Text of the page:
Walking around and getting lost on side-streets and in parks was nice, but finding a restaurant became one of the most frustrating tasks.  Finding a place to eat that didn’t involve pointing at fish and crustaceans in pails on the floor to order was difficult.  I like some seafood very much, but a lot of those little places looked a bit sketchy.  I didn’t fancy spending a day in Qingdao within short leaping distance of the bathroom.  Despite the difficulty in hunting down restaurants, I think we ate really well over those few days.  We started just looking for the Muslim restaurants, because we knew they’d be cheap, delicious, and simple to order from.  We also went to the district of the city that houses all the international restaurants, and had some delicious Vietnamese food for lunch…which fueled my interest in visiting Vietnam even more.  We also visited a tiny island called Little Qingdao with a German-built lighthouse.   It had a great view of the old battleships and submarine anchored in the harbor at the Naval Museum, and also a gorgeous coffee shop with the most amazing coffee I have ever had in China.  It was a surreal experience to stumble upon the little place, hidden behind some trees, and feel like I had just walked into a European coffee shop.  It was expensive, and I was about to walk out without buying, but Elijah was very kind and bought me a Snow White Mocha.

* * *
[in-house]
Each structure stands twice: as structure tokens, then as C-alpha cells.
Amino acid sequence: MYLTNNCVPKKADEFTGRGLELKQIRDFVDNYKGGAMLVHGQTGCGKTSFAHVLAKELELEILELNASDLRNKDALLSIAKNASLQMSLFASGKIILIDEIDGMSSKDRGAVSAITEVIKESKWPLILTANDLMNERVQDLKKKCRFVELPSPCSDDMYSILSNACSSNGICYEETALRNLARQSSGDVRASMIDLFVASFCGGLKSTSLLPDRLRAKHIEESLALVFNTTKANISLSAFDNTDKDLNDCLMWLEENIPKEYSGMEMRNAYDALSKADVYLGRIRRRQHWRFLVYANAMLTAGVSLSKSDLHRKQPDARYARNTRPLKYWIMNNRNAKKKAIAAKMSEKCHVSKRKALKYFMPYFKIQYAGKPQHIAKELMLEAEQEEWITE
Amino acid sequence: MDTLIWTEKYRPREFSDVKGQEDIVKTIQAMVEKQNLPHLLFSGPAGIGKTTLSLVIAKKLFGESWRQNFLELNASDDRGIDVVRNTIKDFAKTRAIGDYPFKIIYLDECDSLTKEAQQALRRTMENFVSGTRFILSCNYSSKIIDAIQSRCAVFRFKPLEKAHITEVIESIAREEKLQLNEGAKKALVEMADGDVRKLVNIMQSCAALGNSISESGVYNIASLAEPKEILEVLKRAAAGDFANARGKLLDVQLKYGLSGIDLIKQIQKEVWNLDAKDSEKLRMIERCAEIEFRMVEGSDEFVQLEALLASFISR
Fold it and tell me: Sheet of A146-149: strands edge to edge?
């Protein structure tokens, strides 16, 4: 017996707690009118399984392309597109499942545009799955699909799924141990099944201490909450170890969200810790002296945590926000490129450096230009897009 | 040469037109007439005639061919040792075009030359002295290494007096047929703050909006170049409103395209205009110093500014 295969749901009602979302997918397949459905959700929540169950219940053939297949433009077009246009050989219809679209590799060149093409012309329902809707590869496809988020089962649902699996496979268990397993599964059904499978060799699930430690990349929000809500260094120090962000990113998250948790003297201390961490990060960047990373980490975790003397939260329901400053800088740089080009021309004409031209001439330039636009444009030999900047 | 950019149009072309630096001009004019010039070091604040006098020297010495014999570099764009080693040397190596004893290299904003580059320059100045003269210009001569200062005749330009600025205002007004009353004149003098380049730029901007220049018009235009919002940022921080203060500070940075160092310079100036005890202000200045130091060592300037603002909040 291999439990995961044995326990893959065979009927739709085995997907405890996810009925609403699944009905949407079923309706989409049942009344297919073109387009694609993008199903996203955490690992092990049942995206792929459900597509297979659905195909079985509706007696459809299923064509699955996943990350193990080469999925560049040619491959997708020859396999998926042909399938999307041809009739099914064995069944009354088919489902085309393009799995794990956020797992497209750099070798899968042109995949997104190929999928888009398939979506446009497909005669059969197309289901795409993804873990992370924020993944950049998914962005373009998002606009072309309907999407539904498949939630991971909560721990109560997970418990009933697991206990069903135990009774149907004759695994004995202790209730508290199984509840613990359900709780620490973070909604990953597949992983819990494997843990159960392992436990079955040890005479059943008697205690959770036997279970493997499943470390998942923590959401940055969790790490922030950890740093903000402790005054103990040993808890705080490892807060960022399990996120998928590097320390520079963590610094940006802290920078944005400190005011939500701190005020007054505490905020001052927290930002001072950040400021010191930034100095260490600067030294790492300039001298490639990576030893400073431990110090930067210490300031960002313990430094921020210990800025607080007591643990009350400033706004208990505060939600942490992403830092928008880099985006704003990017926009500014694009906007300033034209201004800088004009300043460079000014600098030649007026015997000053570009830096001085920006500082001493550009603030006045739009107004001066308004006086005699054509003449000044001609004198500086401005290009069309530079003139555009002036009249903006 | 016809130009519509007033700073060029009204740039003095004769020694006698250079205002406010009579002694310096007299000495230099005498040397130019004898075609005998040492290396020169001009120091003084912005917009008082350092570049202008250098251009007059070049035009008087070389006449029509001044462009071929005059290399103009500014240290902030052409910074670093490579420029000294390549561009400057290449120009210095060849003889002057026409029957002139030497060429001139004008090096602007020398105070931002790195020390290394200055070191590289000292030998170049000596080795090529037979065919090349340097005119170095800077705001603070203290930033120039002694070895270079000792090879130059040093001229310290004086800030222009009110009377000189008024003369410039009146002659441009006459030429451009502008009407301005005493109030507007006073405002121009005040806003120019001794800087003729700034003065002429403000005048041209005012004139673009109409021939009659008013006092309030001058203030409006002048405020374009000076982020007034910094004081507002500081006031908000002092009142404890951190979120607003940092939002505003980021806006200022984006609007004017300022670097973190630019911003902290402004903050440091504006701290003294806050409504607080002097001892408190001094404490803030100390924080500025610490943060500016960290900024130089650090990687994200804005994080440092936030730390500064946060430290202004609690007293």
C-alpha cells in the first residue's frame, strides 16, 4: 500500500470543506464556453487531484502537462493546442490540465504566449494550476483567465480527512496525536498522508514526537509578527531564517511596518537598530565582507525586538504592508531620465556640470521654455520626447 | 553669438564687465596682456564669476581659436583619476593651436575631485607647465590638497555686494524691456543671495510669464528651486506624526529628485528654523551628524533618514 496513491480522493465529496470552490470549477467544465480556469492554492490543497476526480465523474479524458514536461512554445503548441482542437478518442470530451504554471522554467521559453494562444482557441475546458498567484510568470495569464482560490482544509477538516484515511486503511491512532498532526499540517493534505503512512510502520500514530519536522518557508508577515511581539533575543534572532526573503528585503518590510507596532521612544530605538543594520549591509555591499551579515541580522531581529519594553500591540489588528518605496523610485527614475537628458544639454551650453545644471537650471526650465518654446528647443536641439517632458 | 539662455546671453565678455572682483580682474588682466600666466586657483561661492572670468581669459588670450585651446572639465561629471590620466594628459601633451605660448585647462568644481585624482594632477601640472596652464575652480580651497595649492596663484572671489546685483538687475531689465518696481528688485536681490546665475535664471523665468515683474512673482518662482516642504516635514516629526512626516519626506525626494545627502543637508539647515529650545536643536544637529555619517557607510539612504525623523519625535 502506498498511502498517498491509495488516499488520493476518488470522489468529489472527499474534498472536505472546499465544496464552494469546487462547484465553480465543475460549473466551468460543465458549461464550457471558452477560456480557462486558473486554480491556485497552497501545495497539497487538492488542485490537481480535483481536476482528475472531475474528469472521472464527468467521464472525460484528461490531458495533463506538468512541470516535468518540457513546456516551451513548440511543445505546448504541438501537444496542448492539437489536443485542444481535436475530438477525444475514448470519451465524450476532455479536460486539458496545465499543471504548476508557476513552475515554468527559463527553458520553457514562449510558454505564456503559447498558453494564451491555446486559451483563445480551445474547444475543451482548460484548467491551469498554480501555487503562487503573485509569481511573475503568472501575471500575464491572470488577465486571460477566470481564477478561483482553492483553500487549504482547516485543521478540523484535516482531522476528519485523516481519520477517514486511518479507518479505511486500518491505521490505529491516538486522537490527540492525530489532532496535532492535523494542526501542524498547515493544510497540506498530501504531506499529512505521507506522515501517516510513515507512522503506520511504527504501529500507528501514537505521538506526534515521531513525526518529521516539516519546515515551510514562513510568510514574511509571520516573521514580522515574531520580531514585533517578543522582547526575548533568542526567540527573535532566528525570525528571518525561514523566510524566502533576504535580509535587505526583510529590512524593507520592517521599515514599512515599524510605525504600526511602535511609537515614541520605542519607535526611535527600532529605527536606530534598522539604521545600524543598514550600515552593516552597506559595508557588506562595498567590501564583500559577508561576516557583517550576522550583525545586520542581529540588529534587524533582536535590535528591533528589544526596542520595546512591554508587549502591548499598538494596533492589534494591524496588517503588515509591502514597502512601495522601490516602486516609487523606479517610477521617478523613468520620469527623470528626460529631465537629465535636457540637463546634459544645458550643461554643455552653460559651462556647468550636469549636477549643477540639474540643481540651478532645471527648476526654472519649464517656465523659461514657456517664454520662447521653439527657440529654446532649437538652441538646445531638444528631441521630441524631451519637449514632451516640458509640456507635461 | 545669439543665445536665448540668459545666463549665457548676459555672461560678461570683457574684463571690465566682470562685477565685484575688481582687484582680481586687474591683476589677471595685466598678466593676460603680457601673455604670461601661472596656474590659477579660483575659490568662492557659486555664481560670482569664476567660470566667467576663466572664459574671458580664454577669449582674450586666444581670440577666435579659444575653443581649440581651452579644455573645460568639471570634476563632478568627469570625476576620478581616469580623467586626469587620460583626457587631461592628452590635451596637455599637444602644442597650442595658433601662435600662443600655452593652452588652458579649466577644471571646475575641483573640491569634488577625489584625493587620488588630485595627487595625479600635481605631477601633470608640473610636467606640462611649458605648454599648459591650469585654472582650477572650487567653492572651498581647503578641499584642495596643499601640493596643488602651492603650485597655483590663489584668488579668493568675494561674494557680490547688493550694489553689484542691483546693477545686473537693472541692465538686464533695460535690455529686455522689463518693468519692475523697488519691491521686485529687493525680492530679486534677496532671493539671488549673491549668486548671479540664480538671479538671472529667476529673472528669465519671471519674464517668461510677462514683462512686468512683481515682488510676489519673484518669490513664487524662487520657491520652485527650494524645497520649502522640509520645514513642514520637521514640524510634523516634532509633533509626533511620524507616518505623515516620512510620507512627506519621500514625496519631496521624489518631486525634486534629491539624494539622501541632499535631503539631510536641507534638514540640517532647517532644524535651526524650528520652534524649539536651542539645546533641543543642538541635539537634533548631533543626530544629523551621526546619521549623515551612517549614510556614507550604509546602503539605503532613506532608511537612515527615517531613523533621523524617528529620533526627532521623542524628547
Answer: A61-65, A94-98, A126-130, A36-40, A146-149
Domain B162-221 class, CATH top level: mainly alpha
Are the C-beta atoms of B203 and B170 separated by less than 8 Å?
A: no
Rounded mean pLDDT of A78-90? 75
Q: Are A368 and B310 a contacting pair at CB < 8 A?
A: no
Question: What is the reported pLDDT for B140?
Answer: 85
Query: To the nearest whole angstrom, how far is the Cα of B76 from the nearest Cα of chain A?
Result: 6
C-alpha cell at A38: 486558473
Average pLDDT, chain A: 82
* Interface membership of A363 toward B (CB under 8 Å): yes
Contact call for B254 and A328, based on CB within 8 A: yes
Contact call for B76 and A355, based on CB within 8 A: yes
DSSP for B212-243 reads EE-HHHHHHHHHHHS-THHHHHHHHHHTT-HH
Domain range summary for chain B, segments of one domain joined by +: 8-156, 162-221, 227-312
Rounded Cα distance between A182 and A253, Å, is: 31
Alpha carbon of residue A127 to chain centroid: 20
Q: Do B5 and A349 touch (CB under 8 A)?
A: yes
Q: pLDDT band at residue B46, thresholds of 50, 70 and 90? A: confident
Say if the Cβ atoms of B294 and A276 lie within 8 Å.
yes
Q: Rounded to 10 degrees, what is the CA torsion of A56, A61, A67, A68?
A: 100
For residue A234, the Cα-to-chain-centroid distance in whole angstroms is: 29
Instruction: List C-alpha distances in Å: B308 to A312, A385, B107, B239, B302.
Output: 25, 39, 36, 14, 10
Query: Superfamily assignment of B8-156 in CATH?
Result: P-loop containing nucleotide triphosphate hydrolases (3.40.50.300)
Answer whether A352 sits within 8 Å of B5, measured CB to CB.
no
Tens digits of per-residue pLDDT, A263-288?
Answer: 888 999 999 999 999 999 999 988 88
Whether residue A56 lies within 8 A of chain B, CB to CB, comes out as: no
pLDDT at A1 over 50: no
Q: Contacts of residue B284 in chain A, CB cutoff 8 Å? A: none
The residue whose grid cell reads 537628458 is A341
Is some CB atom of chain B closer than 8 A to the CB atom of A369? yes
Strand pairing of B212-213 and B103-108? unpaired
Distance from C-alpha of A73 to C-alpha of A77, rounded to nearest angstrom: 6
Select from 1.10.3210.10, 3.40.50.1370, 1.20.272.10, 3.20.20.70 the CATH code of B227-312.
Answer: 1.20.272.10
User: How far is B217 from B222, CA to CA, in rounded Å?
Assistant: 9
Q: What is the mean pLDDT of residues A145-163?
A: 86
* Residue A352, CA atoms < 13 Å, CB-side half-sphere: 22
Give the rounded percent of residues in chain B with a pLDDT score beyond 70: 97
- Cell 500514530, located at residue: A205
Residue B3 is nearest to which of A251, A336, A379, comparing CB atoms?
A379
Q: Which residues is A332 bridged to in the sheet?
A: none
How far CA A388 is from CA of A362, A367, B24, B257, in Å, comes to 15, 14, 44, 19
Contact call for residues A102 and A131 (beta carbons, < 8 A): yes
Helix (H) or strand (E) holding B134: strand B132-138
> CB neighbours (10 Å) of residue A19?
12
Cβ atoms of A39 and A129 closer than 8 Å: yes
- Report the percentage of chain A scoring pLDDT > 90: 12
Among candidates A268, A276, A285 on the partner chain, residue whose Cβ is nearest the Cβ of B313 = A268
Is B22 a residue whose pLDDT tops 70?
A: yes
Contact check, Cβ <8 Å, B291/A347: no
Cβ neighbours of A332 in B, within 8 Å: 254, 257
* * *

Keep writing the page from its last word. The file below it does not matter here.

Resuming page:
The best part of the trip for me was our day-long excursion to Laoshan, a mountain next to the sea a couple hours bus ride from Qingdao.  We bought tickets at the entrance that were twice as much as my Lonely Planet book said (shame, shame), but I think it was all worth it.  With the tickets, we had access to the tour buses going to the end of the park and back, so we did a combination of riding in the bus, looking out at the fishing villages and tea farm terraces nestled between the mountain and the sea, and hiking the trails above the villages.  We walked I don’t know how many stone stairs to the top of one mountain area and enjoyed some truly breath-taking views of the villages and ocean far below.  We were all three dressed in shorts and t-shirts, and I was amazed (you’d think I’d be used to this by now) at the outfits the other tourists were wearing.  I think I lost count of all the Chinese women mincing up stone steps and over mountain trails in high heels, little skirts and crazy tights, and heavy sweaters.  I don’t know how they do it—the high heels or the warm clothes in such lovely weather as we had that day.  Maybe it’s because of that strange phenomenon we have today, of going to beautiful places with the intent only of taking cute pictures to show you’ve been there, and not just taking in and enjoying the beauty for its sake.  Too many things become a photo opp instead of an experience.  Pictures are great, but if you take pictures without taking time to just look with your own eyes, then it’s a shame.

I’m glad I got to visit another city in China to broaden my perspective of what this huge country looks like, since I’ve yet to see more than four cities.  I can’t wait to travel in January and February!

I hope to write again soon about how my classes and tutoring students have been lately.  Besides that, I’ve been reading Mansfield Park  in snatches when I have a break between classes, trying to cook, and trying to snuggle with our street-kitty, who prefers to snuggle with Elijah.  She likes to jump on things, wrestle with plastic bags, knock things over, wrap herself in tinsel, and steal my peanut butter and jelly sandwiches.  She is also an affectionate, sweet little kitty, so I forgive her for tromping on my groceries and trying to eat my food.